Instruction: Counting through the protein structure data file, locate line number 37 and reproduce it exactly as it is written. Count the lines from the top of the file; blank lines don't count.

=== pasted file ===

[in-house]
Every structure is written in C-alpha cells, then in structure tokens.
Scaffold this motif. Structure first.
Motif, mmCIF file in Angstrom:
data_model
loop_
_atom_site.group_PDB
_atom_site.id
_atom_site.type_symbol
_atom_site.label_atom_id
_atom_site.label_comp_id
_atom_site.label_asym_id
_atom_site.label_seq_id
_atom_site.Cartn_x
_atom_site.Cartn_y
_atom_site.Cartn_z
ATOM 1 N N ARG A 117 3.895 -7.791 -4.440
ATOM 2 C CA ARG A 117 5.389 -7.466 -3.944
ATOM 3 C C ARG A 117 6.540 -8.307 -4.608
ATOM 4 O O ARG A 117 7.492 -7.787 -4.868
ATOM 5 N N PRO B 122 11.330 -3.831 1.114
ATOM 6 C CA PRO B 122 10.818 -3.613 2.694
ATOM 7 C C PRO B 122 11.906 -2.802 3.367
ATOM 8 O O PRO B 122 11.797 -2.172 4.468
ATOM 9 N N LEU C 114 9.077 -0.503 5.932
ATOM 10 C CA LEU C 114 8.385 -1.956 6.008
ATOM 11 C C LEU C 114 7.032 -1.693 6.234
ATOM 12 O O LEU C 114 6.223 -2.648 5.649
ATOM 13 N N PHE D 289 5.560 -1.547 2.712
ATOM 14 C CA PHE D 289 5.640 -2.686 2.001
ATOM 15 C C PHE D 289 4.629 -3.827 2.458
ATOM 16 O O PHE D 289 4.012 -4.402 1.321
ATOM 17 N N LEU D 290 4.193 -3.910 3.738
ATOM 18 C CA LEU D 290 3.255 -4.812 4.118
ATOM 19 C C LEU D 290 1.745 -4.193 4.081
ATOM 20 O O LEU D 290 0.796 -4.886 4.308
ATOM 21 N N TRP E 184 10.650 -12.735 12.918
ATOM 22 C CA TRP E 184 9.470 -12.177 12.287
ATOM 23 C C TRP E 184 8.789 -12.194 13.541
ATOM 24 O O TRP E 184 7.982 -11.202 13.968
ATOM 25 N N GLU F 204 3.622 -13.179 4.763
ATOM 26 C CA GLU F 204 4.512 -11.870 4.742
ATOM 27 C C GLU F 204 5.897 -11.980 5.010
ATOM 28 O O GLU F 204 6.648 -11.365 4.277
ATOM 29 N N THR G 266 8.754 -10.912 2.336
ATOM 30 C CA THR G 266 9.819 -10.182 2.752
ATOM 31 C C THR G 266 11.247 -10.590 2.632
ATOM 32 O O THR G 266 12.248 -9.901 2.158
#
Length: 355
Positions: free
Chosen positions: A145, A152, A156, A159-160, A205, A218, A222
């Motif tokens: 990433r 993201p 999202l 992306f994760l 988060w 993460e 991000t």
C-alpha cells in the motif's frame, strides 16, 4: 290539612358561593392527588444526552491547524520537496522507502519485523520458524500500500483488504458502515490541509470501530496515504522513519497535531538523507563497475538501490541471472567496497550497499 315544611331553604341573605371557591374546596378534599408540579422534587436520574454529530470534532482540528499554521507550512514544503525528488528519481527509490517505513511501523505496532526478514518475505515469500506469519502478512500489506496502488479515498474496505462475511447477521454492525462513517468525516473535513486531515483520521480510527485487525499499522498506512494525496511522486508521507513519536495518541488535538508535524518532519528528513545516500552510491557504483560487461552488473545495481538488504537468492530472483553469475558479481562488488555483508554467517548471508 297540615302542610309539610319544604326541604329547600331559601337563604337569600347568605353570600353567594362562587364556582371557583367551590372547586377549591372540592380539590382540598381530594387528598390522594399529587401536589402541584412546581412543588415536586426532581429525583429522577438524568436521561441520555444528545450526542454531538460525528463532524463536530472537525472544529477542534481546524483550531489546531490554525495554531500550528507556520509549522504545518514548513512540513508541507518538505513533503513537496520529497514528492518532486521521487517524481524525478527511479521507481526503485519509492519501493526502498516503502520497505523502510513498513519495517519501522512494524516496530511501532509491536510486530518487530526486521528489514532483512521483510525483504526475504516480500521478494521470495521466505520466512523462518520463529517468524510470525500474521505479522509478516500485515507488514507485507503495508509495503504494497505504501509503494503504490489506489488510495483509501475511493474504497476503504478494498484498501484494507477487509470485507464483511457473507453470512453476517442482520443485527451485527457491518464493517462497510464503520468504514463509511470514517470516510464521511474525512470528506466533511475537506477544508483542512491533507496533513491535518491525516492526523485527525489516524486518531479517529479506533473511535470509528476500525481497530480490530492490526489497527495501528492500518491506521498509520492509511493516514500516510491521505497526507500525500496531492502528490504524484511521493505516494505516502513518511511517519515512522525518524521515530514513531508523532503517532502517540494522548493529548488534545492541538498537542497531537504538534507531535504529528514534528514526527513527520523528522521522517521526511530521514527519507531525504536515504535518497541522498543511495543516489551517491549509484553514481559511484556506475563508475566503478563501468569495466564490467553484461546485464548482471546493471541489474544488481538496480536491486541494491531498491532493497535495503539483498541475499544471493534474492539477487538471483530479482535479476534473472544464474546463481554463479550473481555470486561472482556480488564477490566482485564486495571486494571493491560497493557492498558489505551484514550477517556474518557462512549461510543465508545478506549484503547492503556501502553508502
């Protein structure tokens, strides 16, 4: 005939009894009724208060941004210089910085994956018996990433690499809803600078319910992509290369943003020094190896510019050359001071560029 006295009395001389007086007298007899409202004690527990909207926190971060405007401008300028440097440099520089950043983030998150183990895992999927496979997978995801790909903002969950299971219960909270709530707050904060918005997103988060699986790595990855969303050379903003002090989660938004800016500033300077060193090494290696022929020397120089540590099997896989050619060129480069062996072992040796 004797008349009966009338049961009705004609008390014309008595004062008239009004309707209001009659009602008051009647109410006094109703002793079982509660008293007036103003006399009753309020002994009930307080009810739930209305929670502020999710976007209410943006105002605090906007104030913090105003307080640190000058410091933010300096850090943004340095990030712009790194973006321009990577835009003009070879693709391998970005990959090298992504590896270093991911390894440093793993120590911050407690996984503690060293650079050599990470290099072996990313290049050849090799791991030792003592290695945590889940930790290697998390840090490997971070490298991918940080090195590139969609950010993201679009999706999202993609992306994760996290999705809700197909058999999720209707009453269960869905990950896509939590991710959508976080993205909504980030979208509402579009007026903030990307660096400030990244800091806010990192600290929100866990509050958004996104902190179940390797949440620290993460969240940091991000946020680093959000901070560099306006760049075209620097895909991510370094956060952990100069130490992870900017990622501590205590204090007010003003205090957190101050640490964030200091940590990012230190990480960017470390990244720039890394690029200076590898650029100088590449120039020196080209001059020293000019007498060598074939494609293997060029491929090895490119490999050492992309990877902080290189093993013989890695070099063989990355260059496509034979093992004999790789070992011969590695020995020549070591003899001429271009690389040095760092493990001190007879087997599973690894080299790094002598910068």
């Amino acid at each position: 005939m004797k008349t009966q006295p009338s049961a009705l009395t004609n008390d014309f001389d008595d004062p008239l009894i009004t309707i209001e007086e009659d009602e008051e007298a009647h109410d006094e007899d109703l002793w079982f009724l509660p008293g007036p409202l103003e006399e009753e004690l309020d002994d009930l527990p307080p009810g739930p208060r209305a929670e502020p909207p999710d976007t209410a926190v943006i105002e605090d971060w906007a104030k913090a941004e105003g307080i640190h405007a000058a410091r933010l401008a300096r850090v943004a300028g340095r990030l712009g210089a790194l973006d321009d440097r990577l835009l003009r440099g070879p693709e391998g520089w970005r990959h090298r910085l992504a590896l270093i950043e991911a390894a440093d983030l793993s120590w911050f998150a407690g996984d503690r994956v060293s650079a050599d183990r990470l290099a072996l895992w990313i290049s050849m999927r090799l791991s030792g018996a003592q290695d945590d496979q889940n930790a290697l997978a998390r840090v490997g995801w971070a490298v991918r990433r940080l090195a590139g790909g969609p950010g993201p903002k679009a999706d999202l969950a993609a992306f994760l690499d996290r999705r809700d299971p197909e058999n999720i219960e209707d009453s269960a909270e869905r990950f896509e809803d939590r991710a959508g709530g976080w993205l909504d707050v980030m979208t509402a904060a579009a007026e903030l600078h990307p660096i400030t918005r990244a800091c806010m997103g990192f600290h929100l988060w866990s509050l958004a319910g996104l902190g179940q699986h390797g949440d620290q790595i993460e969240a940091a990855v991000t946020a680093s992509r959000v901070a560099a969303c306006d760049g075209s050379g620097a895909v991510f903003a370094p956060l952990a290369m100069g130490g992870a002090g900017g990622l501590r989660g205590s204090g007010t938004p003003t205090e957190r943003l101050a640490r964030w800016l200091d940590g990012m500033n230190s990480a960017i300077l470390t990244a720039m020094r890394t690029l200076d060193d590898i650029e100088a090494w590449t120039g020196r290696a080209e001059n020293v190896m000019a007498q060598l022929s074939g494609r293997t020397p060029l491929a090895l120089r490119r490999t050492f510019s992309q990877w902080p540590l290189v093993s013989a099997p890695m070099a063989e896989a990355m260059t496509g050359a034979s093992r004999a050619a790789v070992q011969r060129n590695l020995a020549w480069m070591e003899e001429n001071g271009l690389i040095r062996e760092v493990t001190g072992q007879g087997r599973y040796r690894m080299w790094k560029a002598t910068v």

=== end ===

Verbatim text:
ATOM 21 N N TRP E 184 10.650 -12.735 12.918